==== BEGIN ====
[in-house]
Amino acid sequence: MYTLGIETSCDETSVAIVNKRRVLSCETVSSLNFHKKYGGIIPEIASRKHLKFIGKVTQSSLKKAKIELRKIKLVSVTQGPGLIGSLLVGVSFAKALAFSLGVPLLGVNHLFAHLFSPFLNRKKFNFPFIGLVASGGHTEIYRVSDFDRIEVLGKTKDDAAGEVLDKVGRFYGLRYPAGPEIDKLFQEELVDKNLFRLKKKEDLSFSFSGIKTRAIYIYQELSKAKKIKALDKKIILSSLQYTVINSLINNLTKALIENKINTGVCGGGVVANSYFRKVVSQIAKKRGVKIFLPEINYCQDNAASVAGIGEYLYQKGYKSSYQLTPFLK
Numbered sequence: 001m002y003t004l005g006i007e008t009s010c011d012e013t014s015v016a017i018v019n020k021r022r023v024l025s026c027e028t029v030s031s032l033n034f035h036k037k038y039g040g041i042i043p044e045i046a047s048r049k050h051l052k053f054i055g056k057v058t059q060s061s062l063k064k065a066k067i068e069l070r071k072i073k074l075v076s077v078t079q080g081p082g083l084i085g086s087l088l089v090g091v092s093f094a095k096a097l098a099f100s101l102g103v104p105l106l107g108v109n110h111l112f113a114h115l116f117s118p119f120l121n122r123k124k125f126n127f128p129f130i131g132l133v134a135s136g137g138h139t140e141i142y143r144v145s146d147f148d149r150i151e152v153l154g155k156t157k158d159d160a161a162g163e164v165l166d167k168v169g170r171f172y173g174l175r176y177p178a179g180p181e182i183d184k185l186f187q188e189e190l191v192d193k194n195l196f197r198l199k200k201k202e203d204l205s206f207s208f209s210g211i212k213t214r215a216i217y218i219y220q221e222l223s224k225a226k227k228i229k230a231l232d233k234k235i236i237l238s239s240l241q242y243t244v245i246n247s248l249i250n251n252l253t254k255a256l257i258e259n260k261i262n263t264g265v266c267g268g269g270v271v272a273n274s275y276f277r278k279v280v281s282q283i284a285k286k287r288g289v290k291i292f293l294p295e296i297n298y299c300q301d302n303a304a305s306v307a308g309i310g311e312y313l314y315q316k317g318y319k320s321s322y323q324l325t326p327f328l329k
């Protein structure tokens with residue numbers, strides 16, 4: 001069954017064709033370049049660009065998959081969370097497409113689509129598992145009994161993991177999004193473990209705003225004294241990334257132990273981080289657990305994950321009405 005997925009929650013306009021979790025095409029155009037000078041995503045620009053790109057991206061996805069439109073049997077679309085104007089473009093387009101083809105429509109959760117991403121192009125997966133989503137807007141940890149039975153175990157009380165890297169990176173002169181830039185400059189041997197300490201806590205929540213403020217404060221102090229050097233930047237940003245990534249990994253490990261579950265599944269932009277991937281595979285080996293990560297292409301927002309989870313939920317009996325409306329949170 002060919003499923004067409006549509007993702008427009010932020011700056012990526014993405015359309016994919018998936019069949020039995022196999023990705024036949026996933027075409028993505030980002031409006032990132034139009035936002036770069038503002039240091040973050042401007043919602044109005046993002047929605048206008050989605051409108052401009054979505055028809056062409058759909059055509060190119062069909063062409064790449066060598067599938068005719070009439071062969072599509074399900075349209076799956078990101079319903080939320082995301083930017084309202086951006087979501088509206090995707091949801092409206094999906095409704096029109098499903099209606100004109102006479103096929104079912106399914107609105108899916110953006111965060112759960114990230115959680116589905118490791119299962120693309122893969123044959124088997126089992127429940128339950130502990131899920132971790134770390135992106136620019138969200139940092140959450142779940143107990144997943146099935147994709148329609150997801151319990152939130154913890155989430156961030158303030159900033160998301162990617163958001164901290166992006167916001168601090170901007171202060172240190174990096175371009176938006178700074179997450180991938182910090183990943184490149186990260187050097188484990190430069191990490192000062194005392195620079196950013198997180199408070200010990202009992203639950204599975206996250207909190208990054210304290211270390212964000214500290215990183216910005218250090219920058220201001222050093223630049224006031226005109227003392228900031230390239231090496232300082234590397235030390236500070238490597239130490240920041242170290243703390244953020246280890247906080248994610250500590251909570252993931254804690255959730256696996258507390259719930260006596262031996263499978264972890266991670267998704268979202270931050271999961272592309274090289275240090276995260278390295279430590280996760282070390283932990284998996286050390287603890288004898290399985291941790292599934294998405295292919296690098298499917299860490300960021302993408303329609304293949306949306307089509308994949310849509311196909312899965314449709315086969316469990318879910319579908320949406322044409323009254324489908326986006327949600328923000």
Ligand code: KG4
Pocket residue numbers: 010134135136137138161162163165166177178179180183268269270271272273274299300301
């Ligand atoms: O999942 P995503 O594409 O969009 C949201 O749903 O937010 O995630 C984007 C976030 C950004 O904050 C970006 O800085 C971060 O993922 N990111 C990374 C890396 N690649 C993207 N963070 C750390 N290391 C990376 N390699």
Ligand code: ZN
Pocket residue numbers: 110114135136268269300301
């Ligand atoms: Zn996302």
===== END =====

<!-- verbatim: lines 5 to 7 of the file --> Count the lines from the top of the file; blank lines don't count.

Ligand code: KG4
Pocket residue numbers: 010134135136137138161162163165166177178179180183268269270271272273274299300301
């Ligand atoms: O999942 P995503 O594409 O969009 C949201 O749903 O937010 O995630 C984007 C976030 C950004 O904050 C970006 O800085 C971060 O993922 N990111 C990374 C890396 N690649 C993207 N963070 C750390 N290391 C990376 N390699």